DETROIT (AP) – Detroit's Big Three automakers agreed to shut down their factories to protect workers in response to the coronavirus pandemic.
Previously, The Associated Press reported that two people briefed on the matter said that Ford, General Motors and Fiat Chrysler agreed to close all their factories. The two spoke on condition of anonymity because the closings had not been announced at that time. The move would idle about 150,000 workers, who are likely to receive supplemental pay in addition to unemployment benefits.
Later in the day, Ford and General Motors announced temporary shutdowns. Ford halted production at all U.S., Canadian and Mexican plants beginning after Thursday night shifts, with the closure expected to last through March 30. GM said it would close all North American manufacturing plants through March 30 as well.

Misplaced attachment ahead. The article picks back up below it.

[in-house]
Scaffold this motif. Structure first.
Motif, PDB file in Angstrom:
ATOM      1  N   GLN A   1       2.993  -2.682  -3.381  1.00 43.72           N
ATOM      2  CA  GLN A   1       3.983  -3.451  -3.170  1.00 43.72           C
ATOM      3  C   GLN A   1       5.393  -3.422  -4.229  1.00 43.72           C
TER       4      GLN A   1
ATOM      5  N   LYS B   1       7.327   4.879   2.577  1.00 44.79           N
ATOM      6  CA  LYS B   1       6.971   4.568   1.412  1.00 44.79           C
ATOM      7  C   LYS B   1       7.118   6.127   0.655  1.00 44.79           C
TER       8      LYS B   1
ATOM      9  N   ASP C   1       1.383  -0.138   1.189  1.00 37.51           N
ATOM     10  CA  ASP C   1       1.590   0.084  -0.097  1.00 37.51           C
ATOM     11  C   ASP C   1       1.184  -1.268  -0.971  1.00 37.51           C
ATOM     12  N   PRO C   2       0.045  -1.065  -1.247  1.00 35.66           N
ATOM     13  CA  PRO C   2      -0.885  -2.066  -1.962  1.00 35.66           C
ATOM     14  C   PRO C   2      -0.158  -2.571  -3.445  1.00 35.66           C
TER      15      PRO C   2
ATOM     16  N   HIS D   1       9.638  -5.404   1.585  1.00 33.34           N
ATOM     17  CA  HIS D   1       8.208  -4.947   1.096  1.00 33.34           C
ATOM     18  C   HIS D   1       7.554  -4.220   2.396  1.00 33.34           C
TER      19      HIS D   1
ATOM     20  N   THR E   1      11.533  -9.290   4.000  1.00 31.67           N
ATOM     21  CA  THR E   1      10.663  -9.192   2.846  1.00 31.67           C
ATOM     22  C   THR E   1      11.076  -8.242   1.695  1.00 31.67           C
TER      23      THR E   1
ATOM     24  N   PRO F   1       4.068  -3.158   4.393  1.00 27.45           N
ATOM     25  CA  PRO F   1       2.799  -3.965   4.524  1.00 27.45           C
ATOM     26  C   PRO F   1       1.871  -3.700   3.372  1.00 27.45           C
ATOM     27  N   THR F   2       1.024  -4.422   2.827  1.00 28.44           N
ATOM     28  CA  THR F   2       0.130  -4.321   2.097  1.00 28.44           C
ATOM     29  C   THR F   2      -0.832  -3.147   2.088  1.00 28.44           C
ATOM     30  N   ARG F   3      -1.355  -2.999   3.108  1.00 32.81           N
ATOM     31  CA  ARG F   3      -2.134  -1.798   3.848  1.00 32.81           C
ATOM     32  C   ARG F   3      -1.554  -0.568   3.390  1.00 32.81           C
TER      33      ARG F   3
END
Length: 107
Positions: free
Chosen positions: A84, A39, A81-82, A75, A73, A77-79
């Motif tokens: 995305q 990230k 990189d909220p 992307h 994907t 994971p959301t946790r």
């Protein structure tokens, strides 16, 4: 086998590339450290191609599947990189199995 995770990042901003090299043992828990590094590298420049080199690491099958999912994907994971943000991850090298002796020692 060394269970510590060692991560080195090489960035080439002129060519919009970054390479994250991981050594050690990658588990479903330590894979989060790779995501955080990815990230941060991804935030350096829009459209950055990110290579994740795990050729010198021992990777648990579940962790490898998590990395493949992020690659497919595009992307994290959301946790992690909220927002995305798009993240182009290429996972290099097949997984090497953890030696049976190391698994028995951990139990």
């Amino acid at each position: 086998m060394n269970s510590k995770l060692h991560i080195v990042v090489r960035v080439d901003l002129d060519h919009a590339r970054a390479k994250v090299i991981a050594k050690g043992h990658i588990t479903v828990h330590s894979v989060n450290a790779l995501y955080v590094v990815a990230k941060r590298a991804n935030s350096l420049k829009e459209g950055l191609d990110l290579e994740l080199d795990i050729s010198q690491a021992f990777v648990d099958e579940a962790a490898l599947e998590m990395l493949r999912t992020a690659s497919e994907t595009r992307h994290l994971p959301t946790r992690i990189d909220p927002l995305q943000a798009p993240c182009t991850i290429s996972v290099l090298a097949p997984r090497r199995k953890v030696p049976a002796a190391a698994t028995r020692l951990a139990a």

Fiat Chrysler is expected to make a similar announcement.
The United Auto Workers union had been pushing for the closures to protect workers and prevent the spread of COVID-19. In the last day, both Fiat Chrysler and Ford said they had employees who tested positive for coronavirus. At least one worker at the Chrysler plant in Kokomo tested positive, according to state health officials.
Honda Motor Co. announced Wednesday that it will temporarily close its North American factories for about one week starting on Monday.
Automakers have resisted closing factories largely because they book revenue when vehicles are shipped from factories to dealerships. So without production, revenue dries up. Each company has other reasons to stay open as well. Ford, for instance, is building up F-150 pickup inventory because its plants will have to go out of service later this year to be retooled for an all-new model.